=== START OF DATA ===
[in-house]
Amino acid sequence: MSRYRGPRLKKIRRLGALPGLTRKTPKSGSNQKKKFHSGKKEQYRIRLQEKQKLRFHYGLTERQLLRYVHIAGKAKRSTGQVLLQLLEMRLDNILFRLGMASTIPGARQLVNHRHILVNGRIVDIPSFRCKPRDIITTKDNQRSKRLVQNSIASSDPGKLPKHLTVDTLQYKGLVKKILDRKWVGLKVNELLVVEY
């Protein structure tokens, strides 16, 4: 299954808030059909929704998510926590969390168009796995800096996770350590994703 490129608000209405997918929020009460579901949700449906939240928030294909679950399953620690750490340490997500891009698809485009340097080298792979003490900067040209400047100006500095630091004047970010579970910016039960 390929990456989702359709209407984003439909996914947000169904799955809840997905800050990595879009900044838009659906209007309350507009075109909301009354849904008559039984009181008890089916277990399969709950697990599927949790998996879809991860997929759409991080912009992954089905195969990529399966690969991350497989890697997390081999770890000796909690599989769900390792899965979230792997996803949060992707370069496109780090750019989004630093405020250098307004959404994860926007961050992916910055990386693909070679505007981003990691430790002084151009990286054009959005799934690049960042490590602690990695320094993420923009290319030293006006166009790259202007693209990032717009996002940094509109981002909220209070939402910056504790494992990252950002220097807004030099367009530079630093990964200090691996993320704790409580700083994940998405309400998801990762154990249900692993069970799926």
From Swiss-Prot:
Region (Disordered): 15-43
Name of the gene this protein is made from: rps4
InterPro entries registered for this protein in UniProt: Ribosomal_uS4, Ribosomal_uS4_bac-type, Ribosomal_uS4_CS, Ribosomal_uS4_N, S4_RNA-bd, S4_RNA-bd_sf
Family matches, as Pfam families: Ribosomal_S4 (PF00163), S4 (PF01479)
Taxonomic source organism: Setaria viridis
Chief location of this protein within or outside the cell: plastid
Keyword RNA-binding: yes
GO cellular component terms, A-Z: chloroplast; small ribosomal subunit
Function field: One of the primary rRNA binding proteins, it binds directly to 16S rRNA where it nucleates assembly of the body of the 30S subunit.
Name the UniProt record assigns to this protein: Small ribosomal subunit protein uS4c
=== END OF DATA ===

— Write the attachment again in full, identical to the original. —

[in-house]
Amino acid sequence: MSRYRGPRLKKIRRLGALPGLTRKTPKSGSNQKKKFHSGKKEQYRIRLQEKQKLRFHYGLTERQLLRYVHIAGKAKRSTGQVLLQLLEMRLDNILFRLGMASTIPGARQLVNHRHILVNGRIVDIPSFRCKPRDIITTKDNQRSKRLVQNSIASSDPGKLPKHLTVDTLQYKGLVKKILDRKWVGLKVNELLVVEY
């Protein structure tokens, strides 16, 4: 299954808030059909929704998510926590969390168009796995800096996770350590994703 490129608000209405997918929020009460579901949700449906939240928030294909679950399953620690750490340490997500891009698809485009340097080298792979003490900067040209400047100006500095630091004047970010579970910016039960 390929990456989702359709209407984003439909996914947000169904799955809840997905800050990595879009900044838009659906209007309350507009075109909301009354849904008559039984009181008890089916277990399969709950697990599927949790998996879809991860997929759409991080912009992954089905195969990529399966690969991350497989890697997390081999770890000796909690599989769900390792899965979230792997996803949060992707370069496109780090750019989004630093405020250098307004959404994860926007961050992916910055990386693909070679505007981003990691430790002084151009990286054009959005799934690049960042490590602690990695320094993420923009290319030293006006166009790259202007693209990032717009996002940094509109981002909220209070939402910056504790494992990252950002220097807004030099367009530079630093990964200090691996993320704790409580700083994940998405309400998801990762154990249900692993069970799926």
From Swiss-Prot:
Region (Disordered): 15-43
Name of the gene this protein is made from: rps4
InterPro entries registered for this protein in UniProt: Ribosomal_uS4, Ribosomal_uS4_bac-type, Ribosomal_uS4_CS, Ribosomal_uS4_N, S4_RNA-bd, S4_RNA-bd_sf
Family matches, as Pfam families: Ribosomal_S4 (PF00163), S4 (PF01479)
Taxonomic source organism: Setaria viridis
Chief location of this protein within or outside the cell: plastid
Keyword RNA-binding: yes
GO cellular component terms, A-Z: chloroplast; small ribosomal subunit
Function field: One of the primary rRNA binding proteins, it binds directly to 16S rRNA where it nucleates assembly of the body of the 30S subunit.
Name the UniProt record assigns to this protein: Small ribosomal subunit protein uS4c